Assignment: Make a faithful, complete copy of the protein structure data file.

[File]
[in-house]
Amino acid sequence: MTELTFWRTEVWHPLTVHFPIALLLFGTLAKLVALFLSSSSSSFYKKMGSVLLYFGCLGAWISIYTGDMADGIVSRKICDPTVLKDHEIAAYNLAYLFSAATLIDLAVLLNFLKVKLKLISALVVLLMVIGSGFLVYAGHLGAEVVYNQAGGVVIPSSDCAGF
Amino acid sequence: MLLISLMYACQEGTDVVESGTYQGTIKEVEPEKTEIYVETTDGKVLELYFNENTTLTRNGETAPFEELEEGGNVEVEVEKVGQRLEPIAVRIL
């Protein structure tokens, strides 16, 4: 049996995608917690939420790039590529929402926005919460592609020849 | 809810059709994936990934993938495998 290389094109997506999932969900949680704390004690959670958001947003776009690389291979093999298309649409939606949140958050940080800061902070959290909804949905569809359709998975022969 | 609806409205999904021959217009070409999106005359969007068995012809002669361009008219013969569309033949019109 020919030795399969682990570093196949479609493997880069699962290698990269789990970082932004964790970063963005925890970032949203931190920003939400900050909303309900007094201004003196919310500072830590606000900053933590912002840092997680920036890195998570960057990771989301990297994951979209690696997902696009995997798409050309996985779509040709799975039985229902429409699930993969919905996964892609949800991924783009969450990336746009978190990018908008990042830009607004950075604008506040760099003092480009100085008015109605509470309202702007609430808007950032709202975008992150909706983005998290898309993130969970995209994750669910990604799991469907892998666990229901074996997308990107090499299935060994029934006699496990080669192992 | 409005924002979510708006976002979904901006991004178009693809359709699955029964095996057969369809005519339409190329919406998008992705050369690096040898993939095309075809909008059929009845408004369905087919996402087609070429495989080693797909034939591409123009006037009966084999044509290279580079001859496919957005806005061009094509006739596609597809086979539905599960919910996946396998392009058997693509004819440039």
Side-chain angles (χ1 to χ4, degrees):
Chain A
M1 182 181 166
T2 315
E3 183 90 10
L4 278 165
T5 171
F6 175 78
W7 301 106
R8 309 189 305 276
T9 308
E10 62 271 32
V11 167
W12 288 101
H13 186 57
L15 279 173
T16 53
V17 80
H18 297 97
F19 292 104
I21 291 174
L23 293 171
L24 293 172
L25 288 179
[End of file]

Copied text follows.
[in-house]
Amino acid sequence: MTELTFWRTEVWHPLTVHFPIALLLFGTLAKLVALFLSSSSSSFYKKMGSVLLYFGCLGAWISIYTGDMADGIVSRKICDPTVLKDHEIAAYNLAYLFSAATLIDLAVLLNFLKVKLKLISALVVLLMVIGSGFLVYAGHLGAEVVYNQAGGVVIPSSDCAGF
Amino acid sequence: MLLISLMYACQEGTDVVESGTYQGTIKEVEPEKTEIYVETTDGKVLELYFNENTTLTRNGETAPFEELEEGGNVEVEVEKVGQRLEPIAVRIL
């Protein structure tokens, strides 16, 4: 049996995608917690939420790039590529929402926005919460592609020849 | 809810059709994936990934993938495998 290389094109997506999932969900949680704390004690959670958001947003776009690389291979093999298309649409939606949140958050940080800061902070959290909804949905569809359709998975022969 | 609806409205999904021959217009070409999106005359969007068995012809002669361009008219013969569309033949019109 020919030795399969682990570093196949479609493997880069699962290698990269789990970082932004964790970063963005925890970032949203931190920003939400900050909303309900007094201004003196919310500072830590606000900053933590912002840092997680920036890195998570960057990771989301990297994951979209690696997902696009995997798409050309996985779509040709799975039985229902429409699930993969919905996964892609949800991924783009969450990336746009978190990018908008990042830009607004950075604008506040760099003092480009100085008015109605509470309202702007609430808007950032709202975008992150909706983005998290898309993130969970995209994750669910990604799991469907892998666990229901074996997308990107090499299935060994029934006699496990080669192992 | 409005924002979510708006976002979904901006991004178009693809359709699955029964095996057969369809005519339409190329919406998008992705050369690096040898993939095309075809909008059929009845408004369905087919996402087609070429495989080693797909034939591409123009006037009966084999044509290279580079001859496919957005806005061009094509006739596609597809086979539905599960919910996946396998392009058997693509004819440039």
Side-chain angles (χ1 to χ4, degrees):
Chain A
M1 182 181 166
T2 315
E3 183 90 10
L4 278 165
T5 171
F6 175 78
W7 301 106
R8 309 189 305 276
T9 308
E10 62 271 32
V11 167
W12 288 101
H13 186 57
L15 279 173
T16 53
V17 80
H18 297 97
F19 292 104
I21 291 174
L23 293 171
L24 293 172
L25 288 179